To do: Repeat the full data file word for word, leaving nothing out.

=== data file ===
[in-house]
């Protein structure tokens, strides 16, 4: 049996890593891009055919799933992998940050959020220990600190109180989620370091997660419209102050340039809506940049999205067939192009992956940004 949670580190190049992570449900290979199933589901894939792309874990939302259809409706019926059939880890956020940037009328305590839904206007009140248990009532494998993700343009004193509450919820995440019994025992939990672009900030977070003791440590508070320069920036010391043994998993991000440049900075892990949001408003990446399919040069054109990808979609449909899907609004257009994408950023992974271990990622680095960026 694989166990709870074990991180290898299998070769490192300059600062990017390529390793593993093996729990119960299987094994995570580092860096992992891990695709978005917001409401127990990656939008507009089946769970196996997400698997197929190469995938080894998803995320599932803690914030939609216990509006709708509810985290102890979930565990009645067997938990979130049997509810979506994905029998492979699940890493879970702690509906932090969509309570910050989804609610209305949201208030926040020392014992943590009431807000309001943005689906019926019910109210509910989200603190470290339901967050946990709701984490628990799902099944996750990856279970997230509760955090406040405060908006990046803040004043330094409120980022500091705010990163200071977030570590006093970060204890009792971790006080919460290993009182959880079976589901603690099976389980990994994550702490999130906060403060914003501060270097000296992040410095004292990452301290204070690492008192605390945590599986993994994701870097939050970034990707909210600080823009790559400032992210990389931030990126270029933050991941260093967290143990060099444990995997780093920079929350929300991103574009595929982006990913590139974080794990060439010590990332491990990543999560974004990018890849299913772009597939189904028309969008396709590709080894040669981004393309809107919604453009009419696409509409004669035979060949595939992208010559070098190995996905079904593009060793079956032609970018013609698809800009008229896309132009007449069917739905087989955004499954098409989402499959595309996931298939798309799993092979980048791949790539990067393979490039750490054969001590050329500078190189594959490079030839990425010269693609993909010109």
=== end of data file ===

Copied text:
[in-house]
């Protein structure tokens, strides 16, 4: 049996890593891009055919799933992998940050959020220990600190109180989620370091997660419209102050340039809506940049999205067939192009992956940004 949670580190190049992570449900290979199933589901894939792309874990939302259809409706019926059939880890956020940037009328305590839904206007009140248990009532494998993700343009004193509450919820995440019994025992939990672009900030977070003791440590508070320069920036010391043994998993991000440049900075892990949001408003990446399919040069054109990808979609449909899907609004257009994408950023992974271990990622680095960026 694989166990709870074990991180290898299998070769490192300059600062990017390529390793593993093996729990119960299987094994995570580092860096992992891990695709978005917001409401127990990656939008507009089946769970196996997400698997197929190469995938080894998803995320599932803690914030939609216990509006709708509810985290102890979930565990009645067997938990979130049997509810979506994905029998492979699940890493879970702690509906932090969509309570910050989804609610209305949201208030926040020392014992943590009431807000309001943005689906019926019910109210509910989200603190470290339901967050946990709701984490628990799902099944996750990856279970997230509760955090406040405060908006990046803040004043330094409120980022500091705010990163200071977030570590006093970060204890009792971790006080919460290993009182959880079976589901603690099976389980990994994550702490999130906060403060914003501060270097000296992040410095004292990452301290204070690492008192605390945590599986993994994701870097939050970034990707909210600080823009790559400032992210990389931030990126270029933050991941260093967290143990060099444990995997780093920079929350929300991103574009595929982006990913590139974080794990060439010590990332491990990543999560974004990018890849299913772009597939189904028309969008396709590709080894040669981004393309809107919604453009009419696409509409004669035979060949595939992208010559070098190995996905079904593009060793079956032609970018013609698809800009008229896309132009007449069917739905087989955004499954098409989402499959595309996931298939798309799993092979980048791949790539990067393979490039750490054969001590050329500078190189594959490079030839990425010269693609993909010109």